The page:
Implements Clojure-styled concurrency operations such as `future` and `promise`.

Upstream URL


Dave Tenny




clj-con defines a set of concurrency operations modeled after their Clojure counterparts. Sample operators include future, promise, deref, deliver, and atom. See the exported symbols in package.lisp for the full list.

Or, if you're familiar with the Clojure Cheatsheet, the project implements the following:

Cheatsheet Screenshot

along with promise and deliver.


If you didn't get this via quickload from the quickload repo (because it isn't there yet), add it to your ~/quicklisp/localprojects/ directory, update/wipe the system-index.txt file accordingly, and then you can quickload it.

;; See 'local-projects' note in preceding paragraph            
(ql:quickload :clj-con) ; to use the code


;; To run the test (again, see 'local-projects' note)
(ql:quickload :clj-con-test)

Implementation Status

The current implementation was tested on sbcl and abcl successfully (with 20 iterations of run-tests on each, because, you know, threads and all).

The definitions are meant to be portable and are implemented entirely on Bordeaux Threads, but for those same reasons they aren't terribly efficient (as BT has no condition variable broadcast, no compare-and-set, and so on). At some point I could see adding some optimized conditional compilations.

Differences from Clojure

reset-vals! and swap-vals! return vectors in Clojure but return multiple values here. I couldn't see the point of returning vectors when CL has no destructuring bind (outside of LOOP?) that works on vectors. At least you can use multiple-value-bind if you want.

atom package conflict

If you're going to (use :clj-con), note that atom requires a (:shadowing-import-from #:clj-con #:atom). I'm open to better ways to do this, I'm not much practiced in the arts of Common Lisp packages.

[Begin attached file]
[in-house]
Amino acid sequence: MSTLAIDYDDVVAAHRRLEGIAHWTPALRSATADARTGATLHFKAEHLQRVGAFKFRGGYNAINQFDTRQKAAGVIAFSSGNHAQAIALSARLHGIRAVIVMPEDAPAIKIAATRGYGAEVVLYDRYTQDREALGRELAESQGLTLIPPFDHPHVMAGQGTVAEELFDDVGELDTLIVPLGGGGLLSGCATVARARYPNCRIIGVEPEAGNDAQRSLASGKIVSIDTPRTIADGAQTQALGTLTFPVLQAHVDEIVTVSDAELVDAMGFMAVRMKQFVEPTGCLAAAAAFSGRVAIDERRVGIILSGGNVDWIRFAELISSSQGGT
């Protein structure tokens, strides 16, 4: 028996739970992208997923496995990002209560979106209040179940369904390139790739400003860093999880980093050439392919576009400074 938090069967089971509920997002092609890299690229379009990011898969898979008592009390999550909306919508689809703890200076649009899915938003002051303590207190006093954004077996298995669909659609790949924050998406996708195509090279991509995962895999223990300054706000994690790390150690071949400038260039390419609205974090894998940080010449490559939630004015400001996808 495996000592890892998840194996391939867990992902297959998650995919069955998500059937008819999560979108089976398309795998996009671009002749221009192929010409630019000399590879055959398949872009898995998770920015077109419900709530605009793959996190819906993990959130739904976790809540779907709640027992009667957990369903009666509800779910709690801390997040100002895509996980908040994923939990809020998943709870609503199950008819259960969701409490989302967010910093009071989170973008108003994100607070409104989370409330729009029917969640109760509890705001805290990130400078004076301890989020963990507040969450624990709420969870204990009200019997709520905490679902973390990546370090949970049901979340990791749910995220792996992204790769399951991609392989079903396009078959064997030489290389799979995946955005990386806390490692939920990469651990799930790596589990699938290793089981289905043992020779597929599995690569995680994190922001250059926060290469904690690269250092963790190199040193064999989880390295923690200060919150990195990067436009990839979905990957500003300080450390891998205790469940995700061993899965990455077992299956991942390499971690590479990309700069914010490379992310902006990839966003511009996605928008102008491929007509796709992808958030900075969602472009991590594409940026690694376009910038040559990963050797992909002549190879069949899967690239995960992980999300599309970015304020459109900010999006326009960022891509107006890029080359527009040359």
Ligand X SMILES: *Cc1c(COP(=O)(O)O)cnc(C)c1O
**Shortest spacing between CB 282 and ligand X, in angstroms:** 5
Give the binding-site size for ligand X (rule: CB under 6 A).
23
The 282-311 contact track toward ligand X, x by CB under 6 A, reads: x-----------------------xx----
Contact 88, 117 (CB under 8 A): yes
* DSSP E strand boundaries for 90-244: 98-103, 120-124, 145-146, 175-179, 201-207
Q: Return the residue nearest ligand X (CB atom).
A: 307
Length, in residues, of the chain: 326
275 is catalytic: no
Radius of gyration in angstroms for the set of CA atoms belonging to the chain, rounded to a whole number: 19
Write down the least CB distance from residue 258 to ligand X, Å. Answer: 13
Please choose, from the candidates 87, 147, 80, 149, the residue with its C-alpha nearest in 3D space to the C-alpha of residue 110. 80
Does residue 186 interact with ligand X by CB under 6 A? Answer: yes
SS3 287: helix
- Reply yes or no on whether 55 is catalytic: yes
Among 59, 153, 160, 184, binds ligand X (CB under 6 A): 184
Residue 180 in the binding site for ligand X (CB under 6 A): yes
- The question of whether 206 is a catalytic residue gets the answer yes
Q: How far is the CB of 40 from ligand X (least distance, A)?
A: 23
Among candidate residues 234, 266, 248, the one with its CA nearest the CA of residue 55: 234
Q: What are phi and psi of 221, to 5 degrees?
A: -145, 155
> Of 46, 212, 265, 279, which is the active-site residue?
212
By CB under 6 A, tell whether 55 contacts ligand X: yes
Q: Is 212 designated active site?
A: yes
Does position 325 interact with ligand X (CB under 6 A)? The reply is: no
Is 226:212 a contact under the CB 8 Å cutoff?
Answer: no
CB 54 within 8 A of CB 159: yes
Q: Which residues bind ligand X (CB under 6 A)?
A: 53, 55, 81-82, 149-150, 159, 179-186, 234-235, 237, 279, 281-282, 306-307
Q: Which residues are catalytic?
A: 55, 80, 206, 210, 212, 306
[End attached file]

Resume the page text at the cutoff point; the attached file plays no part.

Use of interrupt-thread by future-cancel

The Java Virtual Machine's threading tools are really a marvelous thing. If you've been in that ecosystem a long time, going back to pthreads with some of its limitations (or lisp oddities built on them), will feel fragile, and reading the various SBCL source comments on interrupt-thread doesn't do much to prevent that feeling.

As this implementation is more a trial balloon than anything else, have a care about repeatedly interrupting threads or using complicated mission critical handlers in the threads unless you have taken to heart the use of WITHOUT-INTERRUPTS and other implementation dependent things. I didn't hit any problems with my simple tests but that isn't saying much.


There is no attempt here to bring clojure syntax or persistent data structures to Common Lisp. Fortunately neither of those things is particularly prevalent in Clojure's concurrency operator model, at least not in the clojure.core namespace.

Some enterprising person might want to make a readtable that maps @ to deref, assuming it doesn't conflict with ,@, but that hasn't been done here so you'll just have to call deref.

Blocking Queues?

If you're missing clojure.core.async and want some blocking queues for producer/consumer situations, take a look at the lparallel.queue package (ql:quickload :lparallel). Unlike clojure.core.async it has a peek operator which I find useful when I need to speculatively try something on a queue element without losing FIFO ordering.

Feedback welcome

(reverse "moc.liamg@ynnet.evad")

Dependencies (2)

  • bordeaux-threads
  • fiveam

Dependents (0)

    • GitHub
    • Quicklisp